Could corporate venturing be a ‘failed effort’?

Most corporate venture capital divisions will disappear over the next five years, according to RegTech Lab co-founder L. Michael Meyer. 

Speaking on a panel at the Global RegTech Summit 2018, Meyer was joined by senior staff from AngelsCube, QRC Group, Motive Partners and Dawn Capital. One of the areas brought up by the speakers was the concept of corporate venture arms and their position in the market.

Meyer said, “Most CVCs will not exist in five years. They don’t do a good job of it, they don’t attract the best talent internally, it is innovation theatre in many ways and the ways most CVCs are set up is when they make an investment it has to have an internal sponsor to approve it. Those sponsors rotate every two or three years to a new business assignment so there are a bunch of orphans inside a CVC. I think they will evolve they have to keep doing innovation, it’s just I think CVC will be a failed effort.”

Some of the arguments against the corporate venture arms is that they can increase valuations, or they can actually work against the benefits of the startup. When corporate invests into a company it is unclear whether they are looking for an exit or if eventually they will just acquire, which can in turn raise the valuation too high.

Another viewpoint is, a company selecting a corporate as an investor can cause issues when looking to implement solutions with their competitors, or raise new funding. However, some believe it’s the complete opposite, and they do offer different kind of opportunities.

Not everyone on the panel agreed corporate venture arms create issues or they will all evaporate, but instead that they will evolve and find their spot in the market.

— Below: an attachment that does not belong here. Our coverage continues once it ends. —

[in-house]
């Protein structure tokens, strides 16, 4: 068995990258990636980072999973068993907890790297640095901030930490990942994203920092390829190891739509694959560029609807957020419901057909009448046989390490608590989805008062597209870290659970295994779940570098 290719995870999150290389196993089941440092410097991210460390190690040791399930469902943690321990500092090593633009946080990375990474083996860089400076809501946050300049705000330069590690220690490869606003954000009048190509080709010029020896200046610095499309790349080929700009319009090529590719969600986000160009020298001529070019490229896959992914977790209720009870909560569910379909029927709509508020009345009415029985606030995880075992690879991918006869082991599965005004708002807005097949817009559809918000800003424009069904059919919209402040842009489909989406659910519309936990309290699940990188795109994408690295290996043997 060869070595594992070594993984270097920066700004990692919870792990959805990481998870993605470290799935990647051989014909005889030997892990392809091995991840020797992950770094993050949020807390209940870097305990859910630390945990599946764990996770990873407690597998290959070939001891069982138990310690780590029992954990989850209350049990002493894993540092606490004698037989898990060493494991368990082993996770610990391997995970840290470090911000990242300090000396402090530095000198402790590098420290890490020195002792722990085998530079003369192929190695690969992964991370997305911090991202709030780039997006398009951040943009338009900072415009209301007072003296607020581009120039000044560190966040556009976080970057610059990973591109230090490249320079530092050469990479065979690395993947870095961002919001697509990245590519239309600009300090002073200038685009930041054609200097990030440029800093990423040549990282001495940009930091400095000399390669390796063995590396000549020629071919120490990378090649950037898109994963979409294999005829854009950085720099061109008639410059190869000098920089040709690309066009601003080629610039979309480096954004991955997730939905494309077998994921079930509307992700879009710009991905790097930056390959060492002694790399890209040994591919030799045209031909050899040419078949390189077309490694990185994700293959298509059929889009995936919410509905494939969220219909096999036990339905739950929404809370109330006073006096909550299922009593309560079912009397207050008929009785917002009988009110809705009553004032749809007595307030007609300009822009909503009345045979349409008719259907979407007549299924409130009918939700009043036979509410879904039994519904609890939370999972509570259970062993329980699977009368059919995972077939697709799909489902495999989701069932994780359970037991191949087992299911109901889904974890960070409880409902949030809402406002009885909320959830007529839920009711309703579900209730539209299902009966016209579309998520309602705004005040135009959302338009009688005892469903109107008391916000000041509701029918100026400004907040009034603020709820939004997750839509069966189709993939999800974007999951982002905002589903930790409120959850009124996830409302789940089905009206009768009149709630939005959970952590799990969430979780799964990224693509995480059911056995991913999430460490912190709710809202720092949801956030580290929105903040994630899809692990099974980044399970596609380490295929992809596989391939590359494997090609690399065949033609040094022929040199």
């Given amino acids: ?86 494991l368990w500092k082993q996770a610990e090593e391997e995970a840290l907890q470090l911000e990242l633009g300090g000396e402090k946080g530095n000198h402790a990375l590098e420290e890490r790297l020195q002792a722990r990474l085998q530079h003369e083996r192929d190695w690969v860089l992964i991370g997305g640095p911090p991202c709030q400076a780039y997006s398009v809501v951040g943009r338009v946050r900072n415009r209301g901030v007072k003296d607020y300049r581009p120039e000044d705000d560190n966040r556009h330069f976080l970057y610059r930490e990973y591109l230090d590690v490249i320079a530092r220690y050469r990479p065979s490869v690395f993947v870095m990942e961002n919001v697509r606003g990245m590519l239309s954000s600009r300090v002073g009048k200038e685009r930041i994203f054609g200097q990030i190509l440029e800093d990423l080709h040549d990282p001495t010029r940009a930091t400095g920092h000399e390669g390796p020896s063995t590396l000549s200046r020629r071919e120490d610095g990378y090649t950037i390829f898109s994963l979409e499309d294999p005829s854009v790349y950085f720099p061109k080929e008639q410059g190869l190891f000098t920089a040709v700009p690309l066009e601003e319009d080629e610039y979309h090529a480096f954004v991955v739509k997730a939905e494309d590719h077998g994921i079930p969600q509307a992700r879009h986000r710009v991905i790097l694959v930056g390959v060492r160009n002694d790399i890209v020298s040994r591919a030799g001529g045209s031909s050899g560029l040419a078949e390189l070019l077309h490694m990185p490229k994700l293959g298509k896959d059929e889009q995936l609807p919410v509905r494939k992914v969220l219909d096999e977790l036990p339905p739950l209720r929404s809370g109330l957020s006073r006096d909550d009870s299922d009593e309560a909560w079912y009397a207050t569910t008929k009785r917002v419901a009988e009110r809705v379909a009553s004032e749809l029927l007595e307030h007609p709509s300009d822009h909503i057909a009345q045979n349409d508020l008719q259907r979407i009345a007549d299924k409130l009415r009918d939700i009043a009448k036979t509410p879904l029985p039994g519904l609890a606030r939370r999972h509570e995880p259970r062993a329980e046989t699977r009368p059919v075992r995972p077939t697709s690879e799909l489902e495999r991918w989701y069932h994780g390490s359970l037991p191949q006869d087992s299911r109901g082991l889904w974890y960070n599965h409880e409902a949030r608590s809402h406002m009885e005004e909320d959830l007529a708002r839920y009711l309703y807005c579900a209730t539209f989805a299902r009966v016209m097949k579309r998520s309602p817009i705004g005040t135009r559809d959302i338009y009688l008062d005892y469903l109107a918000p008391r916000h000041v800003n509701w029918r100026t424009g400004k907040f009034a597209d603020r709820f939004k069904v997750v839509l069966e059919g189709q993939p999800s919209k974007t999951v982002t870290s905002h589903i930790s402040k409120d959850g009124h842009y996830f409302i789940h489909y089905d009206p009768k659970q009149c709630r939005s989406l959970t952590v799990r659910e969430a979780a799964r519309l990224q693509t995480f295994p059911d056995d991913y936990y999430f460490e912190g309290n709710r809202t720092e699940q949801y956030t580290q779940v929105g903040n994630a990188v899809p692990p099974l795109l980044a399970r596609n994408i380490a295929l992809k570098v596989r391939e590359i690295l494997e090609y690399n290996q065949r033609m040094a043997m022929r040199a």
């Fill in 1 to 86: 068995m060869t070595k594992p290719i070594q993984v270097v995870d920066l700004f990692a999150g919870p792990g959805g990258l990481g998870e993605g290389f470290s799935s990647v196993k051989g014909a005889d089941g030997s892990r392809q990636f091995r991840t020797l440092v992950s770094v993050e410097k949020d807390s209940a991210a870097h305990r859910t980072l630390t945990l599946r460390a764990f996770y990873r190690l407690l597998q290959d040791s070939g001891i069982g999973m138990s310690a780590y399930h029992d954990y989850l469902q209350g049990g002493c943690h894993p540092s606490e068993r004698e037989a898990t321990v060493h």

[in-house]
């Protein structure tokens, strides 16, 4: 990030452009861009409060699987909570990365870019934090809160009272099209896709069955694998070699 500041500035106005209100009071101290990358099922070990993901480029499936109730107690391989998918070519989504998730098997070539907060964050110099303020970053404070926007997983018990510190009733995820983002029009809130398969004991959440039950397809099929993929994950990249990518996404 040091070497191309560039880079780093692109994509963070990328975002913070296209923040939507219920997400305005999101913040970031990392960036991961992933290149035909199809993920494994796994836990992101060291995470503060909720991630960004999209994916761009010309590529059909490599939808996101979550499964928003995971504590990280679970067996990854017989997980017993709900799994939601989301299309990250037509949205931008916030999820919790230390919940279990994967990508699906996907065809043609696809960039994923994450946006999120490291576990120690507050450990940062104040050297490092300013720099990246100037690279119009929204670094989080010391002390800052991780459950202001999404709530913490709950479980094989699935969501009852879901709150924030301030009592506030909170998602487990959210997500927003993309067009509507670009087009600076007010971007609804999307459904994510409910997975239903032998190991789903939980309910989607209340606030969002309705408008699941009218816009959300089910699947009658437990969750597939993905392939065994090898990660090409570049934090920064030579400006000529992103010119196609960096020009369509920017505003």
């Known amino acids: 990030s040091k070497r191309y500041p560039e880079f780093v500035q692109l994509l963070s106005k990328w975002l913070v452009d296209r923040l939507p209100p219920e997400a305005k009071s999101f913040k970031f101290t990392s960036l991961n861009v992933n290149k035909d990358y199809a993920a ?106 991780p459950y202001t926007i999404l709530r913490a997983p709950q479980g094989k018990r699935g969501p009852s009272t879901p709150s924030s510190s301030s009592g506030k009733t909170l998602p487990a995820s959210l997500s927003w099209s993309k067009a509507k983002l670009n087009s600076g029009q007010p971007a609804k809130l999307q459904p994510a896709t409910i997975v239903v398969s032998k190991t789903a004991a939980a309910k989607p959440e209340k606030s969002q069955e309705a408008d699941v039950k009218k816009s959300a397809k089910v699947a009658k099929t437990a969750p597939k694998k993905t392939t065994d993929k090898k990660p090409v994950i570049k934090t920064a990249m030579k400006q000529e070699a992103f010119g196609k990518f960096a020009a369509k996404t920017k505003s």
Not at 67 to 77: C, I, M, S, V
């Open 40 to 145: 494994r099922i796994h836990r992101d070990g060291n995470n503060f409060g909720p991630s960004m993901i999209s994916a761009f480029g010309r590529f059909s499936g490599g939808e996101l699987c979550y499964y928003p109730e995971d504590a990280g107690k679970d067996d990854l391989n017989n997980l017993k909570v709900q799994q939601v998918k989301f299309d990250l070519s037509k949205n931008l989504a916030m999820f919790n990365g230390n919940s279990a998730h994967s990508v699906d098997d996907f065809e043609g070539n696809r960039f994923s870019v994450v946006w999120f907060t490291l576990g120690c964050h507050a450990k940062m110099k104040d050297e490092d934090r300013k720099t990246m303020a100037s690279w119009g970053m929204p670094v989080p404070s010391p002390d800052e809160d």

Motive Partners client partner Ash Bhatia said, “Corporate venture is transforming as well, quite significantly right now. A lot of them have a lot of money available but are realising they need to hear from the other corporates and they need to have a network or an ecosystem where they can have those conversations.”

Through Motive Partners’ Lab, Bhatia has noticed that many large institutions from different regions around the world, and so not competitors, have been able to come together and discuss very similar challenges. Once they have been able to have these conversations and understood the issues, they then choose to invest and that is the key part they must play, according to Bhatia. Corporates have to invest at the right stage, but it’s important they work together to get various opinions on issues. Currently this is not really happening.

Evgenia Plotnikova, principal Dawn Capital, believes that while there are issues with CVCs, they are still needed. The key issue it that they have to find the right time, sometimes corporates can be more beneficial at the early stages of a company, but other times it’s a little later down the lifecycle.

She said, “Where we’d warn the startups is it’s important not to shoot yourself in the foot. If you pick one of your clients as your investors, you need to be aware you might be selling it to their competitors. So, managing your risk accordingly becomes very important.”

One thing Plotnikova would like to see more of, is European corporates making more acquisitions, as exits are still ‘very far and few between’ and a majority take place in American companies. If more corporates get comfortable acquiring and exiting startups here, it can boost the ecosystem.

The panel also discussed what RegTech companies need to be doing to get adopted, with the overarching idea being that they have to be more than just a new technology. Companies that are just implementing a new technology and offer no real benefits will not be as successful, as they need to be solving problems facing financial institutions.

Copyright © 2018 RegTech Analyst

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Copyright © 2018 RegTech Analyst


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